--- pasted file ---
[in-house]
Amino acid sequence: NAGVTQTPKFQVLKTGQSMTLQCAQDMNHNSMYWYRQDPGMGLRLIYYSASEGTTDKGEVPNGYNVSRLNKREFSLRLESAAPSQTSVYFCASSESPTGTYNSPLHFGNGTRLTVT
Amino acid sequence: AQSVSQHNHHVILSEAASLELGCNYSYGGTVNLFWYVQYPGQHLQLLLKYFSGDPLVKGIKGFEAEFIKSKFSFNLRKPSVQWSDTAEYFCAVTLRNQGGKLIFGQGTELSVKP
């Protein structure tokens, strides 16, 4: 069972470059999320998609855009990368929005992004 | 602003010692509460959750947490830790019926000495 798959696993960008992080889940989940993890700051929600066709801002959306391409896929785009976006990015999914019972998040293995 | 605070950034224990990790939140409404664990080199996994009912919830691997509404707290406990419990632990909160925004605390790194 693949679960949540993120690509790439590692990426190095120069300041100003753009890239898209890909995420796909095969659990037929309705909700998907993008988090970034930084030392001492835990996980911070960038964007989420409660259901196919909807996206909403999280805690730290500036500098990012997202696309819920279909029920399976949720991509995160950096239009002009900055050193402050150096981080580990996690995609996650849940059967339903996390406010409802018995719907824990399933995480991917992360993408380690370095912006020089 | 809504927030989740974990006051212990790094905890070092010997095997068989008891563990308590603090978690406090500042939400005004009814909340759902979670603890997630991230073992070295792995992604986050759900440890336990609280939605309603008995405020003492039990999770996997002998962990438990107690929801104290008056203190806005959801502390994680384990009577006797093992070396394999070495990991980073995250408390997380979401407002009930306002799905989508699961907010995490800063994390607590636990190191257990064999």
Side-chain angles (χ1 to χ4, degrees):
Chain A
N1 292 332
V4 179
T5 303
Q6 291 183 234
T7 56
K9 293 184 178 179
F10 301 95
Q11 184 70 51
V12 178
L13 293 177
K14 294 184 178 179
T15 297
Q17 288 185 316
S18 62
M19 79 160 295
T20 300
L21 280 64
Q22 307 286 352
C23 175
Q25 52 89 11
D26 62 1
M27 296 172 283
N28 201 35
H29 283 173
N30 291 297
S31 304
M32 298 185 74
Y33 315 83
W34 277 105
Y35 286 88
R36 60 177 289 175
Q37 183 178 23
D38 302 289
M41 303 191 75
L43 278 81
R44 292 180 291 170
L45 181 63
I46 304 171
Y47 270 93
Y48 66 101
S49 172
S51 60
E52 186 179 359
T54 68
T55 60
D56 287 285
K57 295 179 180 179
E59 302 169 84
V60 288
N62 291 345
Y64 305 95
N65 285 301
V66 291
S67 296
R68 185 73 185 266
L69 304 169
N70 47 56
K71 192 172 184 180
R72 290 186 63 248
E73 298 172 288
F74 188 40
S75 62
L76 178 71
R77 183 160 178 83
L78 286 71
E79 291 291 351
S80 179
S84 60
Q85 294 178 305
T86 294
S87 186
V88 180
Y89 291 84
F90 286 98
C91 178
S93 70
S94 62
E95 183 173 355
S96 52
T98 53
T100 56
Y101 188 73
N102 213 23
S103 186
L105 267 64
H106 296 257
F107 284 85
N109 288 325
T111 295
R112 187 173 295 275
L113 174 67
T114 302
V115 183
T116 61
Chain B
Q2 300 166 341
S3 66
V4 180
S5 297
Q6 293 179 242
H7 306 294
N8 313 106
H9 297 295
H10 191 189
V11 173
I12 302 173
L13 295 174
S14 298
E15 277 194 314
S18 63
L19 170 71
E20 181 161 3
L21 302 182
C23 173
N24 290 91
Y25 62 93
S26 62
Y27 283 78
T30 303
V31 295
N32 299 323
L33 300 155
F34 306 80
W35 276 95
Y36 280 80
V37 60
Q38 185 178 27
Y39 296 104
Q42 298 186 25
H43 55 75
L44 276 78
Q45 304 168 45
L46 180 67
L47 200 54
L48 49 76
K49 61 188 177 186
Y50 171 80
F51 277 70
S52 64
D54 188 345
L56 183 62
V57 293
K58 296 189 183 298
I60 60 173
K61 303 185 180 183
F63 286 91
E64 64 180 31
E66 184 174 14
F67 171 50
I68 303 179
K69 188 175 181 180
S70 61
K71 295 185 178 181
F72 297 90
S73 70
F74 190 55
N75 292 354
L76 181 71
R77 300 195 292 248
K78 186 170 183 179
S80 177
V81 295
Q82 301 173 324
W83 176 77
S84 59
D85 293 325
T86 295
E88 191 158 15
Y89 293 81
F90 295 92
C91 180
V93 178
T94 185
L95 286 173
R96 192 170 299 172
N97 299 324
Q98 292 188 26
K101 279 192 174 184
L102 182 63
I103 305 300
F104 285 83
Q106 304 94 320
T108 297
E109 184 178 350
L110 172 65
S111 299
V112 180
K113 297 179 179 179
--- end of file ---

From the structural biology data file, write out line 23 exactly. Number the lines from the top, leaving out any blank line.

L21 280 64